Warring for America

Cultural Contests in the Era of 1812

Edited by Nicole Eustace, Fredrika J. Teute

512 pp., 6.125 x 9.25, 23 halftones, 2 graphs, 1 tables, notes, index

  • Hardcover ISBN: 978-1-4696-3151-6
    Published: September 2017
  • E-book EPUB ISBN: 978-1-4696-3176-9
    Published: August 2017
  • E-book PDF ISBN: 979-8-8908-5377-6
    Published: August 2017

Published by the Omohundro Institute of Early American History and Culture and the University of North Carolina Press

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Published by the Omohundro Institute of Early American History and Culture and the University of North Carolina Press

The War of 1812 was one of a cluster of events that left unsettled what is often referred to as the Revolutionary settlement. At once postcolonial and neoimperial, the America of 1812 was still in need of definition. As the imminence of war intensified the political, economic, and social tensions endemic to the new nation, Americans of all kinds fought for country on the battleground of culture. The War of 1812 increased interest in the American democratic project and elicited calls for national unity, yet the essays collected in this volume suggest that the United States did not emerge from war in 1815 having resolved the Revolution’s fundamental challenges or achieved a stable national identity. The cultural rifts of the early republican period remained vast and unbridged.


Brian Connolly, University of South Florida

Anna Mae Duane, University of Connecticut

Duncan Faherty, Queens College, CUNY

James M. Greene, Pittsburg State University

Matthew Rainbow Hale, Goucher College

Jonathan Hancock, Hendrix College

Tim Lanzendoerfer, University of Mainz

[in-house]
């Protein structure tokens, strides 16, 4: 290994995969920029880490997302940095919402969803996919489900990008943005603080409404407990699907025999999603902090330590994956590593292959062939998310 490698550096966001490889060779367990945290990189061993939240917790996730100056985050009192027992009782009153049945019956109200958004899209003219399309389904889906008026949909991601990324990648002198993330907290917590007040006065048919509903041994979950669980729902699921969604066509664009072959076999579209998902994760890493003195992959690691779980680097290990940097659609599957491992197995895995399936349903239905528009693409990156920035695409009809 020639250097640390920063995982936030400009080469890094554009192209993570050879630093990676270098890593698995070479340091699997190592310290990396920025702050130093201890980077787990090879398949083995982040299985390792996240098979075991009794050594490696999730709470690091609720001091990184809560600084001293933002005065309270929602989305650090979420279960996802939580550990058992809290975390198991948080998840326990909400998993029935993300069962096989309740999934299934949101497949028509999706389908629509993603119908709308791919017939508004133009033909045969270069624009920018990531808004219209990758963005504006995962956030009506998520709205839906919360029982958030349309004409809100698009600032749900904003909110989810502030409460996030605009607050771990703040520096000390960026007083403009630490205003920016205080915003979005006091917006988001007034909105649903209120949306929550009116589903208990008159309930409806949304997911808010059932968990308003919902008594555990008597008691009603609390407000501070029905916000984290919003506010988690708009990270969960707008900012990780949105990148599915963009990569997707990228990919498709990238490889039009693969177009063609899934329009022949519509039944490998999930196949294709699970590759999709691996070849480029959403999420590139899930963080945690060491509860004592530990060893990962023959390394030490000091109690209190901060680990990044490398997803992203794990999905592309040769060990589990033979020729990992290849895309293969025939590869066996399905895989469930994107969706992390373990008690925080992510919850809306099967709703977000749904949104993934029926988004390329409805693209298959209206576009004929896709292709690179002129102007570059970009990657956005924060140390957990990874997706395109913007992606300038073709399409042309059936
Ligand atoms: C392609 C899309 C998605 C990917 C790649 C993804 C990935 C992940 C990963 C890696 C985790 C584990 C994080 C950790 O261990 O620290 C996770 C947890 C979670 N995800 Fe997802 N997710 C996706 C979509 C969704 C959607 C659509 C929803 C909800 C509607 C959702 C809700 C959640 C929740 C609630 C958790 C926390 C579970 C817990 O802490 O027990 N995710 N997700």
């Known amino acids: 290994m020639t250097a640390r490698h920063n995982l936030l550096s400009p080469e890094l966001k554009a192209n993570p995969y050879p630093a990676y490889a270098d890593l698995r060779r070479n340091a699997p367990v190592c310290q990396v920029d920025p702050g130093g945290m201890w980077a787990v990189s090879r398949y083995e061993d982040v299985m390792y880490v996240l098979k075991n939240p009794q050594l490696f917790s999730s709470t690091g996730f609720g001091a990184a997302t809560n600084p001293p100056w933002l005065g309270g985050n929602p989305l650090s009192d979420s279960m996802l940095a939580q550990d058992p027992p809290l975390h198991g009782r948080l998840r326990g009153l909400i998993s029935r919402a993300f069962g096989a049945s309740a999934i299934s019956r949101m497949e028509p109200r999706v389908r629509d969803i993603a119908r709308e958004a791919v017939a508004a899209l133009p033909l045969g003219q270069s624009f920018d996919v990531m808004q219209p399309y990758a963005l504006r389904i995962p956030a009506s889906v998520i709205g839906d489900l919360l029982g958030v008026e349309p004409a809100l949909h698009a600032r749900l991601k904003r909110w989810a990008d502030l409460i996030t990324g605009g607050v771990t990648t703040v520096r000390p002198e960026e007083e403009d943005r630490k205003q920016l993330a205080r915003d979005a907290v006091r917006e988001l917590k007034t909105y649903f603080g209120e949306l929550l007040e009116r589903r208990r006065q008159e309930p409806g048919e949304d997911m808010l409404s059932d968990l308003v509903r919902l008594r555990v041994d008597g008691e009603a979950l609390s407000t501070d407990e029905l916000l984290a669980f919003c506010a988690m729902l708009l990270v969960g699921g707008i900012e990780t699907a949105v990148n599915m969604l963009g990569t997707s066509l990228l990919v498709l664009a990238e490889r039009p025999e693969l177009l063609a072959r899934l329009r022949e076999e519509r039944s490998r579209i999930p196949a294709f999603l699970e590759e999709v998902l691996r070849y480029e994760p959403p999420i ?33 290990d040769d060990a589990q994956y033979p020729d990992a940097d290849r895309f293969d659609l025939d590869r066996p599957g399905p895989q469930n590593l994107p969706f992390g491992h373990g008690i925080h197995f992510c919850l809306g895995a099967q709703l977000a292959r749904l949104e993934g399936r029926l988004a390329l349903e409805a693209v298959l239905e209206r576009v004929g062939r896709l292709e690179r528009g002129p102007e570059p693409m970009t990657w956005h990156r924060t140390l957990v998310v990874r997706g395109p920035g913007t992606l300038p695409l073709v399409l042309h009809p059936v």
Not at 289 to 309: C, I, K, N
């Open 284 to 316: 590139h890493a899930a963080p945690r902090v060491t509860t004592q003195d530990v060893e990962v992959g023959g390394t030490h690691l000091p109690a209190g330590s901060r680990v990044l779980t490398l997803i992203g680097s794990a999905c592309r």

Karen Marrero, Wayne State University

Nathaniel Millett, St. Louis University

Christen Mucher, Smith College

Dawn Peterson, Emory University

Carroll Smith-Rosenberg, University of Michigan

David Waldstreicher, The Graduate Center, CUNY

Eric Wertheimer, Arizona State University

About the Authors

Nicole Eustace is a professor of history at New York University.
For more information about Nicole Eustace, visit the Author Page.

Fredrika J. Teute is retired editor of publications at the Omohundro Institute of Early American History and Culture.
For more information about Fredrika J. Teute, visit the Author Page.


“Nicely capture[s] the unsettled state of American culture and national identity three to four decades after the Revolution.”--The Michigan Historical Review

“Pluralism, contestation, conflict, and ambiguity mark this volume as it examines the cultural ground before, around, during, and after the War of 1812.”--The Journal of American History

“Reminding us that any fight for America is a fight over America, this rich collection surveys the rugged terrain of the hard-fought culture wars surrounding the War of 1812. With its depiction of a United States as riven by class and race as much as united against foreign threat, this volume could not be more timely.”--Jeannine DeLombard, University of California, Santa Barbara

“Did the Jeffersonian-Madisonian Republic establish a post-Revolutionary consensus that would unravel with the rise of antebellum sectionalism? The sparkling essays in Warring for America reveal a very different set of stories. Americans were struggling to define their nation, with fragile common formations barely concealing underlying fractures. This volume offers a window onto the most innovative work on the cultural history of the early Republic in the age of Atlantic empire.”--John L. Brooke, Ohio State University

Warring for America opens up new pathways for scholarship and thought on the early republic. Provocative, deeply engaged, and wide ranging, this set of essays reveals that, in literature, political rhetoric, theater, and art, the very idea of the republic was imagined and reimagined in the years surrounding the War of 1812.”--Michael Meranze, University of California, Los Angeles